Author's School

Graduate School of Arts & Sciences

Author's Department/Program

Philosophy/Neuroscience, and Psychology


English (en)

Date of Award

January 2010

Degree Type


Degree Name

Doctor of Philosophy (PhD)

Chair and Committee

José Luis Bermúdez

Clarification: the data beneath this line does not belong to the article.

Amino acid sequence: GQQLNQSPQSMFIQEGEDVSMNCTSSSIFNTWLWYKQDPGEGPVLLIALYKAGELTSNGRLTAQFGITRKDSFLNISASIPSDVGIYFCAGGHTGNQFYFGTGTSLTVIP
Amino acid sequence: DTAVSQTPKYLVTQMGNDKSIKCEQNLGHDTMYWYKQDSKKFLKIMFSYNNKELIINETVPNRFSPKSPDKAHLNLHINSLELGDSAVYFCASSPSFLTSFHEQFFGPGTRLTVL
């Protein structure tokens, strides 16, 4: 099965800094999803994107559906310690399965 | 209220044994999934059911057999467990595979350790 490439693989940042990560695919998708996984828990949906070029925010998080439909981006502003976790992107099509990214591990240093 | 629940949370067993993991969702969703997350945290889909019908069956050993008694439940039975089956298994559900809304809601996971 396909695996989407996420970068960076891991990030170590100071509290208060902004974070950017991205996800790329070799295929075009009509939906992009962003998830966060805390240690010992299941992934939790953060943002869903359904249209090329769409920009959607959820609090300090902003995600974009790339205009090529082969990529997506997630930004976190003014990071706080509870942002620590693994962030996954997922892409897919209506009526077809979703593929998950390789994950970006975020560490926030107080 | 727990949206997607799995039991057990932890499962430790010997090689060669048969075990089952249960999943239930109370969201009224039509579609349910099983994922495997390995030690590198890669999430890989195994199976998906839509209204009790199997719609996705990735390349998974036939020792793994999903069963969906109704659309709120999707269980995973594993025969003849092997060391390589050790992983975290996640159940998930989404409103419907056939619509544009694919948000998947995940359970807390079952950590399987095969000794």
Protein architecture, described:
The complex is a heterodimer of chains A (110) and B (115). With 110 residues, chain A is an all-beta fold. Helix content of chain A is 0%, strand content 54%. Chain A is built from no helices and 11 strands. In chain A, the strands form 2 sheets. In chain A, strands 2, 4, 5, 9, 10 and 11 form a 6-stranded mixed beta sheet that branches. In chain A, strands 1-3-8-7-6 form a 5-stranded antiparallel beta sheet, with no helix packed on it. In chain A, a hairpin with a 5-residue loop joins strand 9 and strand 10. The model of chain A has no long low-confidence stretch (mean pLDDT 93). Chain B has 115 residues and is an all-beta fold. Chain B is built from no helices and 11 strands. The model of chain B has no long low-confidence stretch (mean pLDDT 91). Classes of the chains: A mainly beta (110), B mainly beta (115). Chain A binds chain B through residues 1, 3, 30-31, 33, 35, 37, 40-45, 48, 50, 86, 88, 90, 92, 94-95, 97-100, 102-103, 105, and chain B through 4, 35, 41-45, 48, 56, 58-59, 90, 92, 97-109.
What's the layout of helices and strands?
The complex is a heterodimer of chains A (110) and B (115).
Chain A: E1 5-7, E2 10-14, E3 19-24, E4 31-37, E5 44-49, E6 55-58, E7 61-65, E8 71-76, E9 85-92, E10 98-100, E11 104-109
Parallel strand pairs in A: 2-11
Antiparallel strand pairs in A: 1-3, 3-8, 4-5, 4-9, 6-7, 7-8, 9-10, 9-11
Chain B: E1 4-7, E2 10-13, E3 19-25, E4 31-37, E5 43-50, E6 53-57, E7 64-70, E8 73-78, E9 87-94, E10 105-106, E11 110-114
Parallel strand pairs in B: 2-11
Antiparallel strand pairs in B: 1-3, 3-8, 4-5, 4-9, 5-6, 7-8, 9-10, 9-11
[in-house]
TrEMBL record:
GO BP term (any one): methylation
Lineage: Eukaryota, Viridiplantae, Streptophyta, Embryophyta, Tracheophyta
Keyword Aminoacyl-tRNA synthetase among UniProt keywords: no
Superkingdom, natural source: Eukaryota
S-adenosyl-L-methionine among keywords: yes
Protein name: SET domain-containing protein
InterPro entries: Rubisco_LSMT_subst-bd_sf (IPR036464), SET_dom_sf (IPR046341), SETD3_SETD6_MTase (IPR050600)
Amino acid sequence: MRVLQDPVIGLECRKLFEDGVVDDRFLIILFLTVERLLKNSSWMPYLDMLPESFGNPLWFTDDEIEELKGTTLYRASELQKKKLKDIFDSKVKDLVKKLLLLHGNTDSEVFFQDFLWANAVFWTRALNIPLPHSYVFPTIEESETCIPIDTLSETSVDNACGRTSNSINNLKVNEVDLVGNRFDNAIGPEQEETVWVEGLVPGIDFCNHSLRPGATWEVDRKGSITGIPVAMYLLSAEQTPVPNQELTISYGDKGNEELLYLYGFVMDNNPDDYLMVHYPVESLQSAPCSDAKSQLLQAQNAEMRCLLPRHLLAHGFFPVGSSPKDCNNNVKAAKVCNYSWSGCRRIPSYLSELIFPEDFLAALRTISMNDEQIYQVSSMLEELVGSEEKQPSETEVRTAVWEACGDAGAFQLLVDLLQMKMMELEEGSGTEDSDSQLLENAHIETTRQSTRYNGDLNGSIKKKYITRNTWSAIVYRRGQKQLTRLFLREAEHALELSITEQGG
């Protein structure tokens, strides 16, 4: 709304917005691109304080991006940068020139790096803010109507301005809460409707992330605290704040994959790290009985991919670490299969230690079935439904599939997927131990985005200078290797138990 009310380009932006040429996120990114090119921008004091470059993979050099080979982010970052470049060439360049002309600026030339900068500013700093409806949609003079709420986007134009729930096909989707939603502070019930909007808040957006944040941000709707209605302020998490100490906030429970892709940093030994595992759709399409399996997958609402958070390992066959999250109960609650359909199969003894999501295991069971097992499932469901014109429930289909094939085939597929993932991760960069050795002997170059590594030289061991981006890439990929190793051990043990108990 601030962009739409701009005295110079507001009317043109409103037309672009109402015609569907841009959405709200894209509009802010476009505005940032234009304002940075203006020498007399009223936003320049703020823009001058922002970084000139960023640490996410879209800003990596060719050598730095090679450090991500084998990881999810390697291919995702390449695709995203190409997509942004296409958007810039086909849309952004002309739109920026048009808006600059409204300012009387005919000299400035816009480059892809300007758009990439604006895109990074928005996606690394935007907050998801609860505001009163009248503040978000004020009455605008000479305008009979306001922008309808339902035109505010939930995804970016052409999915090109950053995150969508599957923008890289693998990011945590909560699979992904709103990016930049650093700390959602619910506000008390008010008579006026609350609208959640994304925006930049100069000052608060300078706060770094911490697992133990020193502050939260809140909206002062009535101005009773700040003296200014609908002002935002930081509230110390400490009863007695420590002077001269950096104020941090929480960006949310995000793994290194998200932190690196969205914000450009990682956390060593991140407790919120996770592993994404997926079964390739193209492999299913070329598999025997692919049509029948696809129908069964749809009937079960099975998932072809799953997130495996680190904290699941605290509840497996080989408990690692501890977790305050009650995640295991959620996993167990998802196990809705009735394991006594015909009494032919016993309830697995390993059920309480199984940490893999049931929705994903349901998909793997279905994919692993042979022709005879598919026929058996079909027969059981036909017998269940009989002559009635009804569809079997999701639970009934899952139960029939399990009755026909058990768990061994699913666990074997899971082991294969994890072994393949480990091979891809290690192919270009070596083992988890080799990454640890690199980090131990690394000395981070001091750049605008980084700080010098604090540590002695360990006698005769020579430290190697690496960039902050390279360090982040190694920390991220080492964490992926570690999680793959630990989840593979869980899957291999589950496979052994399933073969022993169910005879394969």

My dissertation articulates and resolves a problem at the heart of debates about how perception guides our actions and deliberations. The problem arises from the independent plausibility but mutual inconsistency of the following theses: * Some perceptions provide us reasons * Only belief-like states provide us reasons * No perception is belief-like I argue that this problem is deeper than has been acknowledged. Simply rejecting any one thesis leads to serious challenges. Nonetheless, I argue that we can unravel the link between having reasons and having belief-like states in a way that explains the initial plausibility of the first thesis. I provide a formulation of what being a reason-giving state amounts to, which does not require it to be belief-like. I then offer a substantive account of perceptual content that both respects its non-belief-like: nonconceptual) character and explains its ability to provide us reasons.


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